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My Christmas Tree

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Christmas day is over and soon people everywhere will be taking down their Christmas trees and putting away their decorations. At times, I ask myself, what is the significance of the Christmas tree? I mean I know it is a tradition, but how is it biblical? Different people decorate the tree in different ways, and I have always wondered why. I mean to say that there is so much significance tossed onto a tree. Like the tinsel, ornaments, and lights. Some families spend hours stringing popcorn and candy for an added decoration, but what is the significance of popcorn? In my Jewish upbringing, I knew of people in my family that were Christians. My aunt in Austin, Texas, practiced in a Lutheran church and we would travel to Austin for Christmas dinner. Sometimes we had dinner at our house and my aunt, cousins, and my great-grandmother would come over for baked chicken or roasted turkey. We never had a Christmas tree, but my sisters and I did receive Christmas presents at Christmas on the couch. One cushion was for Julie, my oldest sister, then my gifts were placed on the middle cushion, the next cushion for Laurie, the second oldest in the family. My dad pulled out an old camera with a big bright flash to record us little ones opening our gifts. We also lit the candles for Hanukkah, but the gifts came mostly on Christmas.

Considering the reason we celebrate Christmas and the only tree I know of in the Bible was the one that Jesus hung on to pay for our sins, I felt the need to read the history of the Christmas tree. I’ve discovered that it is tradition and it started in Germany in the seventh century from a monk who traveled there from Devonshire to teach the word of God. He spent much time there, where, legend has it, he used the triangular shape of the fir tree to describe the Holy Trinity of God, Jesus, and the Holy Spirit. The people in that town revered the oak, but by the twelfth century the fir tree was used at Christmas time “hung upside-down from ceilings as a symbol of Christianity.” ( In the sixteenth century, Martin Luther is said to have decorated a small Christmas tree with candles to show children how the stars shined through a dark night. As the years progressed, more and more people decorated trees with tinsel and ornaments and whatever else they decided to decorated it with.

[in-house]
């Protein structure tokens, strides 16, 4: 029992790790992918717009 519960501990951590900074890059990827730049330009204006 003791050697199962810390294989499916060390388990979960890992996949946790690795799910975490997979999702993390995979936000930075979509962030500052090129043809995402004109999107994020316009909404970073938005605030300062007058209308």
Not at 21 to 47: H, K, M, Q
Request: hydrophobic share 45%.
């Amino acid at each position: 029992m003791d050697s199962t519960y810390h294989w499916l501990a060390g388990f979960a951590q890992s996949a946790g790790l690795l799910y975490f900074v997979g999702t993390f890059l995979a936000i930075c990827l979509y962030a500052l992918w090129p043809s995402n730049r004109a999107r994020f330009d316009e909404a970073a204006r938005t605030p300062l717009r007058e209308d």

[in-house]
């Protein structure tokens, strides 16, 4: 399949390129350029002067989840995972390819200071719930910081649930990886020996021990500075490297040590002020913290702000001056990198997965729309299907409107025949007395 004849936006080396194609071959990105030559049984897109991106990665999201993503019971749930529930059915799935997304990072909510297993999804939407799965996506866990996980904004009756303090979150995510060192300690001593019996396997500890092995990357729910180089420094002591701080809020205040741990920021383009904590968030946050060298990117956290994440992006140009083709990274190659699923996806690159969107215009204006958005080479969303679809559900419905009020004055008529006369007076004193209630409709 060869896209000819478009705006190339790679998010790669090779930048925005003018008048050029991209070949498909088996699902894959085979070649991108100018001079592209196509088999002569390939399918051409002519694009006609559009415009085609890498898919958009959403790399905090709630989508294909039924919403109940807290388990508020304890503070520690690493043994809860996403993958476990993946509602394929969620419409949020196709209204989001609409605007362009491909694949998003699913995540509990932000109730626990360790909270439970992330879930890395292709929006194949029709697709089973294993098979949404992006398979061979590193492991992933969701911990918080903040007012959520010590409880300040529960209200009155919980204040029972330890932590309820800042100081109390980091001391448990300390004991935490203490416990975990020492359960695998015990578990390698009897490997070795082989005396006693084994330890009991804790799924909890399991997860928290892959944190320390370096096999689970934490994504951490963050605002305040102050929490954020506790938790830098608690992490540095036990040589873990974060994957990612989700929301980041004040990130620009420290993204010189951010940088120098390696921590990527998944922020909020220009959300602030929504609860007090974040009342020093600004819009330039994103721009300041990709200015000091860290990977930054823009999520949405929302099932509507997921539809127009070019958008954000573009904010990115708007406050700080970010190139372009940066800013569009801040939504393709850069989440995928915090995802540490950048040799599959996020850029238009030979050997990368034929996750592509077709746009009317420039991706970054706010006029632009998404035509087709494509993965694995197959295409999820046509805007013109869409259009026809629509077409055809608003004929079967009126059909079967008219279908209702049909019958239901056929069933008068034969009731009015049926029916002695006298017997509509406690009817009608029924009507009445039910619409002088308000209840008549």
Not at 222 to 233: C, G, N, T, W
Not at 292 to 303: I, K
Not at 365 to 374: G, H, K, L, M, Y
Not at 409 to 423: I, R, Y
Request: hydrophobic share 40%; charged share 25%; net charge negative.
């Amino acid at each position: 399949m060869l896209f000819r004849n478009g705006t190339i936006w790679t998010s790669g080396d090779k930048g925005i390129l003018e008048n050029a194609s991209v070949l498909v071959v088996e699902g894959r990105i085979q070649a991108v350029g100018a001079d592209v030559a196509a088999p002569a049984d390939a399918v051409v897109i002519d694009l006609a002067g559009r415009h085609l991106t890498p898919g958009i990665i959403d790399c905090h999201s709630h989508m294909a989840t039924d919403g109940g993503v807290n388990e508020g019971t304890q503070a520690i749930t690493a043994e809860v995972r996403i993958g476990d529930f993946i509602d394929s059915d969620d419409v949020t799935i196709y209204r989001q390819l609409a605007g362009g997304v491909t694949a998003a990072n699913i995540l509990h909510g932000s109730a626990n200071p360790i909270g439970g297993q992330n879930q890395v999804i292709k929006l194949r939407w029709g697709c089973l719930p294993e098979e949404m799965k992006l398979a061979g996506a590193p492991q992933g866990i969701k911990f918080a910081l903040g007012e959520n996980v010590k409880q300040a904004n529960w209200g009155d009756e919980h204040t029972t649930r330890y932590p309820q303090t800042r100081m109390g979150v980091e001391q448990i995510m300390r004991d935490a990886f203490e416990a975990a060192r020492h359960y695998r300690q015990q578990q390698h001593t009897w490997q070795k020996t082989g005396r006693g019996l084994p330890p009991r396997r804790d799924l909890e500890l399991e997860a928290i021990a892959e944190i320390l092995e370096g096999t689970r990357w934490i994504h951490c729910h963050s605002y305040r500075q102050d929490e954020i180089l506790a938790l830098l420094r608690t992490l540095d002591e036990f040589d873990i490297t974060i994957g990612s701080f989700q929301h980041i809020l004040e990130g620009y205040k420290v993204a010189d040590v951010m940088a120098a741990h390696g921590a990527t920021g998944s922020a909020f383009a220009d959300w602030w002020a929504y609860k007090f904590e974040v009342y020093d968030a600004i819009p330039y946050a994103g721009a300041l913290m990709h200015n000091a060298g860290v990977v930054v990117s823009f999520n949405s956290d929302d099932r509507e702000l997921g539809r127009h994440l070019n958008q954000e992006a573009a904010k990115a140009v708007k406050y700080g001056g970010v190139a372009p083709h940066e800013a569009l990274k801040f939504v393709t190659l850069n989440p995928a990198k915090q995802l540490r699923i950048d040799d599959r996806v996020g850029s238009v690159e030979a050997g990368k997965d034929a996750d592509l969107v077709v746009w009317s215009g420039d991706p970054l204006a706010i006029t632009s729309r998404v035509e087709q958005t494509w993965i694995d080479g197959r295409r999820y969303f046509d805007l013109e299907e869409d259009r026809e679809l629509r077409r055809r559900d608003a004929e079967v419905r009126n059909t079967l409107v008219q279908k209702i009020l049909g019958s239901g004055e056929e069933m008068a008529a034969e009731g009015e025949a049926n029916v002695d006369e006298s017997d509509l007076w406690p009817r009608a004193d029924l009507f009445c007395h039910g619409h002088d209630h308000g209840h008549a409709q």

Personally I never had a tree; however, people I’ve known through the years have encouraged me to get one. I wasn’t sure why I should, especially since I never found anything biblical, but now that I know Christ, and if I ever were to decorate a tree, I would put a crucifix on the very top to remind me that Jesus was born to give me life and he died on that tree to give me everlasting life. Speaking of everlasting life, the tree itself would be a healthy green as a symbol of life. I would put white lights around the tree to symbolize the stars; pictures of my friends and family because Jesus died and gave the gift of life to them as well. Next I would hang red ornaments to symbolize the drops of blood that came from Jesus’ hands and feet and side that paid the ransom of our lives that we would not be among the living if that point in history didn’t happen. That is the significance of Christmas for me.

Christmas should be a time of remembrance of what he did for us. Santa Claus, snowmen, or sleighs with flying reindeer never brought me closer to Jesus. Everyone longs for a hero and I guess believing in a Santa Clause gives people hope. Now that my hope and faith is in Jesus and he is my hero, I can look upon all the materialism of Christmas as symbolic of humanity lost in false hope. The real hope and assurance is in Jesus, who gave us the best gift ever: salvation. No other hero could ever do that. There are other heroes in the Bible, mighty men and women of faith to look up to, but Jesus can never be looked upon as just a hero. My Christmas tree and its decorations would mean more than just humanity’s colorful display of materialism. It would become a display of Christ’s love.


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